Inverted nipples are a common malformation of the breast, but there is a surprisingly simple technique to correct this condition.
Most women have naturally protruding nipples but for many one or both nipples are inverted. This occurs when nipples retract into the breast rather than pointing out and is a condition that affects a considerable number of Australian women. It usually develops during puberty and is caused by short milk ducts, which tether the nipple and prevent it projecting.
Sometimes nipple inversion is a temporary condition and corrects itself, however in other cases the condition is permanent and many people seek help from a plastic surgeon to correct it. Although nipple inversion can occur in both men and women, it is more common among women.
Female patients are also far more likely to seek help to correct the condition, since they often have fears that nipple inversion may affect their ability to breastfeed. However, most experts agree that the majority of female patients with inverted nipples can still breastfeed, although the process may be more difficult. In fact, breastfeeding can often protract inverted nipples.
Breastfeeding can be extremely difficult in women with severe nipple inversion, where the nipple is so retracted that it sits alongside the areola, or even below it. Severe cases will usually require treatment to correct the condition prior to pregnancy. Patients suffering from nipple inversion in mild and moderate forms may also desire treatment, which is usually performed by a plastic surgeon.
Previously, there was generally only one method used by plastic surgeons to correct inverted nipples: the surgical technique. The surgical method for inverted nipple repair involves making a transverse incision across the areola and through the nipple, resulting in the division of all the milk ducts. With this condition, the milk ducts are abnormally short milk, and the division of the ducts appears to fix inverted nipples surgically.
However over the past two years, many surgeons have stopped using this surgical method to fix inverted nipples. Instead they have adopted a more novel technique: piercing the nipple to encourage protraction.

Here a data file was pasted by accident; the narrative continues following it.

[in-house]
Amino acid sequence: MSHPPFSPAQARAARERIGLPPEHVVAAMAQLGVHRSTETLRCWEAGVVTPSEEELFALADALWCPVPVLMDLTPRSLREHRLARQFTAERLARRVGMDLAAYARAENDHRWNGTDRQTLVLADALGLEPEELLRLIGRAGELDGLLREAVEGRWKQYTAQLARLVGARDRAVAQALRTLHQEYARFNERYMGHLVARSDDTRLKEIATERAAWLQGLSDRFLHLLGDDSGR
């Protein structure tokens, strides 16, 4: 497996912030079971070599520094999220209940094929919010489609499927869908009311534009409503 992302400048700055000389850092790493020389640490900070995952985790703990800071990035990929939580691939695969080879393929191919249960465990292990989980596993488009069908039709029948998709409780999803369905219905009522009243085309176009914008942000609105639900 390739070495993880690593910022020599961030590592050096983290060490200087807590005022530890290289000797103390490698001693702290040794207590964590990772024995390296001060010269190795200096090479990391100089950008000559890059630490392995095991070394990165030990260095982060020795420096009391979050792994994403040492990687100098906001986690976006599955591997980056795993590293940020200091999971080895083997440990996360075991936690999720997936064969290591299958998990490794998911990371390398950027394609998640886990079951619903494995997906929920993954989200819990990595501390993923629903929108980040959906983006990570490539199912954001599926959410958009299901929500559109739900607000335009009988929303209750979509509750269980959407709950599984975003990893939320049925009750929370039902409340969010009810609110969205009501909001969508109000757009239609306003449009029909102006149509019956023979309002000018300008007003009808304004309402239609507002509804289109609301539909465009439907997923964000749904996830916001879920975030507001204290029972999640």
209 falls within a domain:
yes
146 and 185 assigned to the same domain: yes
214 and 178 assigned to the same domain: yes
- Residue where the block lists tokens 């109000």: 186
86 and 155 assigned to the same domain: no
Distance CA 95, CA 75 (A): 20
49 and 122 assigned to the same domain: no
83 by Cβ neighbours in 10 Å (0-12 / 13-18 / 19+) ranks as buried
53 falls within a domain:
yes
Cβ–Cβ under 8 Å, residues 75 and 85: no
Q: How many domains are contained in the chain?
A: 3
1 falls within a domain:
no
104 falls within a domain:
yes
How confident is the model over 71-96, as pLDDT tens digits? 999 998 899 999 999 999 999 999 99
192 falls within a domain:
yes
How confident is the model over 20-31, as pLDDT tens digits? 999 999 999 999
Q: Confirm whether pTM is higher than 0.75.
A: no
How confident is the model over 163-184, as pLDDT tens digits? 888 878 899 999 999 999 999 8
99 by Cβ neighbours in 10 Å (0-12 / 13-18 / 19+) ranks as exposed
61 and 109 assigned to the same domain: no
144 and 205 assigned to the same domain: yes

Nipple piercing may not sound like a technique that is employed by plastic surgeons, but an increasing number are using the procedure to treat inverted nipples. The technique is a modification of the method used when piercing the nipple for aesthetic purposes. The nipple is pierced and a special nipple shield is used, which is a washer that covers the areola and holds the piercing out and above the level of the skin. This produces progressive stretching and protraction of the nipple.
The advantages of using nipple piercing over the traditional surgical method are numerous: there is no numbness or interference of nipple sensation, which can often result from surgery; as it only divides a small proportion of the milk ducts most young women will be able to breastfeed; and it doesn’t leave significant scars.
Then there are the aesthetic aspects. The majority of patients like their nipple jewellery so much that they decide to keep it, even after the treatment is complete and the condition has been corrected.
Patients are advised to keep the piercing and shield in for at least three to four months. It is also advisable to continue using the piercing after this time, so that they have the option of putting the shield back on if they notice any recurrence of the condition.
Another advantage is that nipple piercing is a minimally traumatic procedure for the majority of patients. It is often performed as day surgery under local anaesthetic and is usually very tolerable for most patients with inverted nipples, although those with severely inverted nipples may experience some discomfort.
This combination of factors – the minimisation of trauma and scarring, the procedure’s effectiveness and the fact that no surgery is involved – has led to nipple piercing becoming the preferred technique for an increasing number of Australian surgeons who treat inverted nipples. The fact that patients receive a fashionable piercing that many end up keeping is also favourable to many patients.
Identifying inverted nipples
There are different types of nipples and different degrees of inversion.
Dimpled nipples occur when part of the nipple protrudes. The nipple can be pulled out but doesn’t stay out.
Unilateral nipples occur when only one of the patient’s breasts has an inverted nipple.
Inverted nipples occur when the nipple is retracted into the breast. There are three different degrees of inversion: mild or slight, moderate and severe. A visual inspection is often not sufficient to decide whether a patient has inverted or flat nipples: a pinch test is required. The patient should gentle compress the areola an inch behind the nipple. If the nipple does not become erect, it is considered to be flat. If it retracts behind the areola, it is classified as inverted.
True inverted and flat nipples do not become erect when stimulated or when the patient is in cold conditions.